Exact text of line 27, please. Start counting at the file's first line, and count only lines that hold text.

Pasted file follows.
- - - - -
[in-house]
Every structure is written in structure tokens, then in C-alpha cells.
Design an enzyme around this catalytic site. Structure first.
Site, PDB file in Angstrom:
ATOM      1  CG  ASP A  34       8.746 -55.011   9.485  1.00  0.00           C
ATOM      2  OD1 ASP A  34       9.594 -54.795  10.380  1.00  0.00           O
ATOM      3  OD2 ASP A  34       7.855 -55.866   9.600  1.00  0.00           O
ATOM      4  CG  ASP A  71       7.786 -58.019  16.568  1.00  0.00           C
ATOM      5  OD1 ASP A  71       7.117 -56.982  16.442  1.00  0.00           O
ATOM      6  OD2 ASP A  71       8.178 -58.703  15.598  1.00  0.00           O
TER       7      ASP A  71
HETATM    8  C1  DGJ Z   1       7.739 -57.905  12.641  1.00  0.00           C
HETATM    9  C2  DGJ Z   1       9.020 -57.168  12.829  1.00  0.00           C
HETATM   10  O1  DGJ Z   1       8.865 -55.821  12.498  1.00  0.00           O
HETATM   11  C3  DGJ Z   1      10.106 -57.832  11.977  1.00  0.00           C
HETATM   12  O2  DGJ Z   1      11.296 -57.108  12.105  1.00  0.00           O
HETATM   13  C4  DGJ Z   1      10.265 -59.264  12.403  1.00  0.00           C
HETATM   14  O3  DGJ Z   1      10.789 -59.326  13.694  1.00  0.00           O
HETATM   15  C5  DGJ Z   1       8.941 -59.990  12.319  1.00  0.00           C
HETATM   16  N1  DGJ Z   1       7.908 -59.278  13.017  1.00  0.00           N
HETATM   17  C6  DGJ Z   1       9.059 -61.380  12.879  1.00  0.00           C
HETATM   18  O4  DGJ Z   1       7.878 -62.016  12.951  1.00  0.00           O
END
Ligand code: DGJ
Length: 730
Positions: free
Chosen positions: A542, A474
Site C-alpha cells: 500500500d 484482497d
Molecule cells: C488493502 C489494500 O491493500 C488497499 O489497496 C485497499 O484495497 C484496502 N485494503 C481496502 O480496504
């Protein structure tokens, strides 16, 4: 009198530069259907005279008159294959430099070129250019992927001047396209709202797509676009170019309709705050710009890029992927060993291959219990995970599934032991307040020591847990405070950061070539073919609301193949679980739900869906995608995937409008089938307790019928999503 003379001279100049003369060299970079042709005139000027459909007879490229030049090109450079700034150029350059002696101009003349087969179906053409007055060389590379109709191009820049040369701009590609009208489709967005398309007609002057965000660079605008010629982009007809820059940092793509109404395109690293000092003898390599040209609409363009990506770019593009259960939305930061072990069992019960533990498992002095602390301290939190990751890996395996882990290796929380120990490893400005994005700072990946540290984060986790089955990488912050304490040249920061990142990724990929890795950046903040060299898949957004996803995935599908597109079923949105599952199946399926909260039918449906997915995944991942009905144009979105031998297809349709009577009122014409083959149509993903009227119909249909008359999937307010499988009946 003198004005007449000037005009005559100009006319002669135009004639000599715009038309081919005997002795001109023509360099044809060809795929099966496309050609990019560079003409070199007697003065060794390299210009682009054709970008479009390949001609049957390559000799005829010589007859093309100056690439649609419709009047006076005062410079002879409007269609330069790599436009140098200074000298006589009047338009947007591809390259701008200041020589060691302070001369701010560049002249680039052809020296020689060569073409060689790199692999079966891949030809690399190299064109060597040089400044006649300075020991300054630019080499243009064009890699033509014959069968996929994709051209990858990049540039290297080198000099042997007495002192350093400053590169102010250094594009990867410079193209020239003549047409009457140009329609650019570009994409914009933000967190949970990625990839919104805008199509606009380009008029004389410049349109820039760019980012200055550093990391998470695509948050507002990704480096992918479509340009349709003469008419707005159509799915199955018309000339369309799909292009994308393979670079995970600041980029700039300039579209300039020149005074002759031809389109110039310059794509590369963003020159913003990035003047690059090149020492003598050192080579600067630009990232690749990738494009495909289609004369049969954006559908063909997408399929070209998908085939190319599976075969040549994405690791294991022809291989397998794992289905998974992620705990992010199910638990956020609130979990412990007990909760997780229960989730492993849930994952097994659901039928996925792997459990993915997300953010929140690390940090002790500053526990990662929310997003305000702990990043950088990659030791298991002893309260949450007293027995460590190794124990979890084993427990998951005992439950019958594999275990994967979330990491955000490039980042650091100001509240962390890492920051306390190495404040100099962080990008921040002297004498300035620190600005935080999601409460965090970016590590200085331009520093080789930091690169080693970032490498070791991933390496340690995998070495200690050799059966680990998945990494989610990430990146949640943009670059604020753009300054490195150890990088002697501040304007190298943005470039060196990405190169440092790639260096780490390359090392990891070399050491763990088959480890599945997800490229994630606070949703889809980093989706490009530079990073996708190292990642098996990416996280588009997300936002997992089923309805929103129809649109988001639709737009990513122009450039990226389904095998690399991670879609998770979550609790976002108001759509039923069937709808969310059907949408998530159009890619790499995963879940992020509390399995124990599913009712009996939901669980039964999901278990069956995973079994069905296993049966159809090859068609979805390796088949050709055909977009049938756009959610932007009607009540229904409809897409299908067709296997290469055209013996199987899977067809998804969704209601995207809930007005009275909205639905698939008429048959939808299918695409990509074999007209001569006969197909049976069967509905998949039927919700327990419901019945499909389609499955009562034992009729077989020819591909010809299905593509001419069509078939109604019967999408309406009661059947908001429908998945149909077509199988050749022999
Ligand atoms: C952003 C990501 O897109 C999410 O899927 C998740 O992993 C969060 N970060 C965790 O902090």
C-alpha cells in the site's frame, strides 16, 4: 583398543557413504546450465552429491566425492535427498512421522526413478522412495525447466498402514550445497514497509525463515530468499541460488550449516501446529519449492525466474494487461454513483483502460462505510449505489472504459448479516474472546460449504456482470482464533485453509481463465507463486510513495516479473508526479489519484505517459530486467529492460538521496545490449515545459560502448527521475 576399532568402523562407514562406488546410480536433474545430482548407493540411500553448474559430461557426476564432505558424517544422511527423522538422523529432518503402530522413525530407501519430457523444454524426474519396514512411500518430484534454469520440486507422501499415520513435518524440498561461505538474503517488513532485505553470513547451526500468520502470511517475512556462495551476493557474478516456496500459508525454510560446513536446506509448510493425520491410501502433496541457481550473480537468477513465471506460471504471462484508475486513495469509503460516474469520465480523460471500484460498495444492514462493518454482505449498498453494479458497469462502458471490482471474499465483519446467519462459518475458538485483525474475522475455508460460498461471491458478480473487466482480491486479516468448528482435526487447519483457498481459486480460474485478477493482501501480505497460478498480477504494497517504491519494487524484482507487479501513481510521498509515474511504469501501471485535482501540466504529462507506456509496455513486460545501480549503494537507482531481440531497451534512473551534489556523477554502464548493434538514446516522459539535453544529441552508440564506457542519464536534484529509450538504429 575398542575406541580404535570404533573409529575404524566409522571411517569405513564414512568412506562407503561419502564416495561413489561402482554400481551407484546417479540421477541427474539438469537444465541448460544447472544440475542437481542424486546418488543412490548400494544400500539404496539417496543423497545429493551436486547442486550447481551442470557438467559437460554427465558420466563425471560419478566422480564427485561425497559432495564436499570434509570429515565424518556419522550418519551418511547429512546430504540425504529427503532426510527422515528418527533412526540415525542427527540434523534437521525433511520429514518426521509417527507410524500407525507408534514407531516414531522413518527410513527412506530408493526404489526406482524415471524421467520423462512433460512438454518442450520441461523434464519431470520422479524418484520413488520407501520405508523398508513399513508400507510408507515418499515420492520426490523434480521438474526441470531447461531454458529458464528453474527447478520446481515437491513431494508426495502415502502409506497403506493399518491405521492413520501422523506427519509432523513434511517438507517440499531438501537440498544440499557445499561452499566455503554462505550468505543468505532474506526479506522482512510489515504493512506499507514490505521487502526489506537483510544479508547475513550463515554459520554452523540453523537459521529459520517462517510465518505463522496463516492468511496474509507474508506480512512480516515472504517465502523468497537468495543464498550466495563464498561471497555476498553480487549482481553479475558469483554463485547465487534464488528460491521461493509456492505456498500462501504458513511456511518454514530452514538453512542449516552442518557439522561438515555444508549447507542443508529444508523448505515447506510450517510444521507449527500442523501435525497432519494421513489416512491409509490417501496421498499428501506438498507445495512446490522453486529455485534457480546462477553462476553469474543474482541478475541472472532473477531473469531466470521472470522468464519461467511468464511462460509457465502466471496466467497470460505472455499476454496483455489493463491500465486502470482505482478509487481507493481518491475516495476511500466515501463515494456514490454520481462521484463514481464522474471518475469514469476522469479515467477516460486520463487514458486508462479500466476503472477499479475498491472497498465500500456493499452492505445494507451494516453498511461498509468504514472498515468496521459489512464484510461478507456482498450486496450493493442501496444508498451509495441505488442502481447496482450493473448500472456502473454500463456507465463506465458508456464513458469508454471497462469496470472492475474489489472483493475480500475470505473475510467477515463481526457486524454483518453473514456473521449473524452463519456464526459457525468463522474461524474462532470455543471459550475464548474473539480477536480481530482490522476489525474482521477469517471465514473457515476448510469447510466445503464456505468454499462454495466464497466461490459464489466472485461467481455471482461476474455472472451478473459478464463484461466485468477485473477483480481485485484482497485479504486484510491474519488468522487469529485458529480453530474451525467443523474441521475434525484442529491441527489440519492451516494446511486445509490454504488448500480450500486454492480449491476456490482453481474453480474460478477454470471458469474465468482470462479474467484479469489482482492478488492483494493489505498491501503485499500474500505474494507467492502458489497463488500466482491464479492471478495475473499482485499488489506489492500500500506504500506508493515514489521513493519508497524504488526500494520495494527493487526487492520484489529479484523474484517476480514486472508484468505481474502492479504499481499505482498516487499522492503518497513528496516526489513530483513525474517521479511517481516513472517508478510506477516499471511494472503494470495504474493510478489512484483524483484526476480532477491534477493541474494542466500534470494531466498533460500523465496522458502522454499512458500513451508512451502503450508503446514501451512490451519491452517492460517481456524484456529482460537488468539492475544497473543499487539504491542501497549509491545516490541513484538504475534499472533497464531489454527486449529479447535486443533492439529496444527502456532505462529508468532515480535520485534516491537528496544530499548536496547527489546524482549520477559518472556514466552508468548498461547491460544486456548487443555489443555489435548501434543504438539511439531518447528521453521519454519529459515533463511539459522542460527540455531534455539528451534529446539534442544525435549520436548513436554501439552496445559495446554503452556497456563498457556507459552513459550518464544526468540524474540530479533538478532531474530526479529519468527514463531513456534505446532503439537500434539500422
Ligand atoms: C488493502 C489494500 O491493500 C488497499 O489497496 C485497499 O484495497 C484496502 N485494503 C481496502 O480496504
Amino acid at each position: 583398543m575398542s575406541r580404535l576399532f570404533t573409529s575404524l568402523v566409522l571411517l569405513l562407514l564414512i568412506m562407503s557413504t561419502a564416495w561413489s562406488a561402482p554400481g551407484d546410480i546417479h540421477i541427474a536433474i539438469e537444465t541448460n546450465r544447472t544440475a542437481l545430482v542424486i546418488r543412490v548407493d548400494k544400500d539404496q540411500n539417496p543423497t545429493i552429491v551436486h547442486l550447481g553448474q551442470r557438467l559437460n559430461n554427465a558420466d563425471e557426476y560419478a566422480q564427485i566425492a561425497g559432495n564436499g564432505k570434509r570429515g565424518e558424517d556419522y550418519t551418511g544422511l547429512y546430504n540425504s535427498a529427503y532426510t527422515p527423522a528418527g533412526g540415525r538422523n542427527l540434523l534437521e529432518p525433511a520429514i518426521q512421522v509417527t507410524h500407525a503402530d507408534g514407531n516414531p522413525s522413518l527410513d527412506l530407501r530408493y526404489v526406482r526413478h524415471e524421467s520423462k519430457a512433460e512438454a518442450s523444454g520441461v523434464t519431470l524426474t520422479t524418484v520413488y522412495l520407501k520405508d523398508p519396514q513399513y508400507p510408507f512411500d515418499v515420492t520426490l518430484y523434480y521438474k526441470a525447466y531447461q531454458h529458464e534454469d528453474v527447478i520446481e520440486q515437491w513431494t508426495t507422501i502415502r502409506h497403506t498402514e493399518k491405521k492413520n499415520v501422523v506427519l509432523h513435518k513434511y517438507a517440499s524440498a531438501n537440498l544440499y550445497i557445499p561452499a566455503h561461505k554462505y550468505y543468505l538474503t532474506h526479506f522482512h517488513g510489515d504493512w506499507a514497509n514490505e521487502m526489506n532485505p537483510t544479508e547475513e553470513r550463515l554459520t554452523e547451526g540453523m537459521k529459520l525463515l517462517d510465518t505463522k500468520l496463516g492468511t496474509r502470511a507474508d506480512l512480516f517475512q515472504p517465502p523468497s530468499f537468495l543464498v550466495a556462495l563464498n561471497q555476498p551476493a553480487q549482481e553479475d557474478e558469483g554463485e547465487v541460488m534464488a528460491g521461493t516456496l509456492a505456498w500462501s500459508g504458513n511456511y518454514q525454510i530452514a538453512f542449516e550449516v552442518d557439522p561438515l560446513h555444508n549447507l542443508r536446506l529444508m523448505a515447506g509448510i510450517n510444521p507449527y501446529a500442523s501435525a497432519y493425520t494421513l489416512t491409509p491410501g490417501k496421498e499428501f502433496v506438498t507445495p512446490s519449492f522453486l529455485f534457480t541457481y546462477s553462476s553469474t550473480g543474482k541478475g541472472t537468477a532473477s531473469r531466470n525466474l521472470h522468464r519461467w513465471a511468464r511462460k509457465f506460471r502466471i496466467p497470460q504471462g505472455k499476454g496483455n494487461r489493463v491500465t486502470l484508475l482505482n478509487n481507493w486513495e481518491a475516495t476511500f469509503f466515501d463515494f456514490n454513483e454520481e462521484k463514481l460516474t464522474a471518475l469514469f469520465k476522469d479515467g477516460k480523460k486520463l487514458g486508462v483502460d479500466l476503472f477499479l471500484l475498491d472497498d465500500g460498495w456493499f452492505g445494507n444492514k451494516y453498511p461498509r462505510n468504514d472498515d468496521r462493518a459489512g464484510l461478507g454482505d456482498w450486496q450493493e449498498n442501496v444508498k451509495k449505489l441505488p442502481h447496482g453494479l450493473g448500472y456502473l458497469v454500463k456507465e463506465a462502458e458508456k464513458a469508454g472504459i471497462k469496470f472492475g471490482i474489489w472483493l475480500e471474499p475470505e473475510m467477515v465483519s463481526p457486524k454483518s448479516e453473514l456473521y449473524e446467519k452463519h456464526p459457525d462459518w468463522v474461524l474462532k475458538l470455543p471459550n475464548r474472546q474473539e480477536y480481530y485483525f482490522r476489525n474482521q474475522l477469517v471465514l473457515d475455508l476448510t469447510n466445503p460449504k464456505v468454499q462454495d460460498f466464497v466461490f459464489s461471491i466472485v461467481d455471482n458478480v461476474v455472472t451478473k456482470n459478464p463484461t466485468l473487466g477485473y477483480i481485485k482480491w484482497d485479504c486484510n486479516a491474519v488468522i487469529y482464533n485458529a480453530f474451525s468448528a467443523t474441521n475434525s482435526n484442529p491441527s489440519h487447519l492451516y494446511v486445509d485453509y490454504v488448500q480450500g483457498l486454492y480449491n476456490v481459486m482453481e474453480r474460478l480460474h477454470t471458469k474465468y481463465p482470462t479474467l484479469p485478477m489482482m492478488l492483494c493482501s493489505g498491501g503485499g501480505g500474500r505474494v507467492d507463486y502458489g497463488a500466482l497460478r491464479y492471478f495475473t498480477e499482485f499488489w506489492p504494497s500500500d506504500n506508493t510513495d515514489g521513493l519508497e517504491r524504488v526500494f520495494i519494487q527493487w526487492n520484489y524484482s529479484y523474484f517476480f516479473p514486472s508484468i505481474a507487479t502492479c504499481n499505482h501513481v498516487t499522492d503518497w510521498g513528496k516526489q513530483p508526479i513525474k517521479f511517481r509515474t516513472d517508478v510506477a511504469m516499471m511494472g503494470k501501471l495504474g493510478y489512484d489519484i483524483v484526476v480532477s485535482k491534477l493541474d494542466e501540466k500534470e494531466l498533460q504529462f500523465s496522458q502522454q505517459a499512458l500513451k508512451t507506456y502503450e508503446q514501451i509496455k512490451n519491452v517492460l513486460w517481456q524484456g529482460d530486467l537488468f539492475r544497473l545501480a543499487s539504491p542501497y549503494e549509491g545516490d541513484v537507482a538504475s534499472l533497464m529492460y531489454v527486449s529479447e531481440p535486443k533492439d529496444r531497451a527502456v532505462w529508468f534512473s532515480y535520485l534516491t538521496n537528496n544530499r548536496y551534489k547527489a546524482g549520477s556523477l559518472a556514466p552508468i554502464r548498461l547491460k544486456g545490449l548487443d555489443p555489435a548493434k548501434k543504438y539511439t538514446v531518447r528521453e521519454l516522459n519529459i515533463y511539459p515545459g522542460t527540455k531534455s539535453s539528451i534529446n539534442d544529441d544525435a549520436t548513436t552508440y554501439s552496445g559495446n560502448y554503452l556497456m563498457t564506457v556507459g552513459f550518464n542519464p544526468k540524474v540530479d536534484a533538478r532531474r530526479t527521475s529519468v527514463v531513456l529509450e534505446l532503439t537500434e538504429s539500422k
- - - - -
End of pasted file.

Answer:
Chosen positions: A542, A474